Im having my engine rebuilt and It should clean up at .040 but if not, why do the piston manufactures skip .050 and .070. I would think it would be important to have the option to save .010 of block if we could. Langs, Bobs, and all you other vendors. Can you convince the piston manufactures to make them. ????
Donnie, probably not enough demand. Gone are the days too when you could have a crank journal turned in the car to a couple thousandths and fit a new cap. You could also buy pistons in 3 or 4 thousandths oversize. No profit in those things. Most folks now just have the cylinders sleeved and start back at standard, what I do. You don't know how thin the metal is in a 90 plus year old block anyway. KGB
It depends on who you have your babbett and machine work done by. The guy that does my rods can bore them to the size you need. For T mains, it's easier for the machinist to do to standard undersize but I have had them done to fit a crank that was just cleaned up. We do it for Model A cranks all the time.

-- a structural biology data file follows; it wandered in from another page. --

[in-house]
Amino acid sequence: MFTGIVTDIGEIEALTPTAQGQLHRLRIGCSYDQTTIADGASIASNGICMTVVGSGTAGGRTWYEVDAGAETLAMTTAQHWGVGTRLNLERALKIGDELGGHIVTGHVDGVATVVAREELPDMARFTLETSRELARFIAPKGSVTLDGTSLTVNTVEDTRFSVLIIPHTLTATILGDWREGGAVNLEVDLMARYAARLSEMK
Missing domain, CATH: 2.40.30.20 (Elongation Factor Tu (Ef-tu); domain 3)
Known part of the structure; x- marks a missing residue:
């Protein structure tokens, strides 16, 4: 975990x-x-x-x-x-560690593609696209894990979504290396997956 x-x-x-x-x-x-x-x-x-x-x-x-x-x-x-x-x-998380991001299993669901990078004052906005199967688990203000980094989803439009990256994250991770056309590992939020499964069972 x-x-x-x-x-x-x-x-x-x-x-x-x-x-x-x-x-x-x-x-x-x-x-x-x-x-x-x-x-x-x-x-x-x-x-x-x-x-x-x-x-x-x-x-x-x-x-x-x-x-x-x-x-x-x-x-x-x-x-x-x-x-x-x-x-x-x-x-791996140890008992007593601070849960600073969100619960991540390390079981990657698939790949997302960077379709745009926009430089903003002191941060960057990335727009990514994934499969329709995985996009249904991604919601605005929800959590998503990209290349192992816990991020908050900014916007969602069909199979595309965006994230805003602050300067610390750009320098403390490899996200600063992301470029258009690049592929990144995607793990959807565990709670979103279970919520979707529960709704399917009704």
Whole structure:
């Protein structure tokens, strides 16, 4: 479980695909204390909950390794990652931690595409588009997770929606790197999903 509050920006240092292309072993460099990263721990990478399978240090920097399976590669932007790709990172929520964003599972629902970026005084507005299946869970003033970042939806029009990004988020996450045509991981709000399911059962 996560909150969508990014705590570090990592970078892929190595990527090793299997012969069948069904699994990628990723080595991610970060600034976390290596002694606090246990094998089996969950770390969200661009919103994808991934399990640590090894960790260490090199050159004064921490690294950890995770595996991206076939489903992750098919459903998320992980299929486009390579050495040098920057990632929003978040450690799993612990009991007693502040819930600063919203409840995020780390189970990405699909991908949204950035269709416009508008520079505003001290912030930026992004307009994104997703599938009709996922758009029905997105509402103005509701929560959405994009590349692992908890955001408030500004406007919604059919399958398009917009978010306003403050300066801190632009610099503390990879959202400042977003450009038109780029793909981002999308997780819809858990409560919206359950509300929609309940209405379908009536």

Hi: I understand that the machinest can bore to any size you need. Its just that there are no .050 or .070 pistons available. Those are two sizes that actually would help. My engine is going to probably clean up at .040 but if it does not then I have to go to .060. Seems like a waste of .010 of block thickness. I suppose EGGE Machine can make me a set of .050s if I needed them, I can not see where demand plays into it other than if they do not make them they do not need to stock them ... I agree with the sleeving as a way to fix the problem, but only after .080 is used. I will useally sleeve the engine if it needs .080 pistons but .080 will useally work OK. But it would be nice to have .070 as a option if it will clean up at .070 ...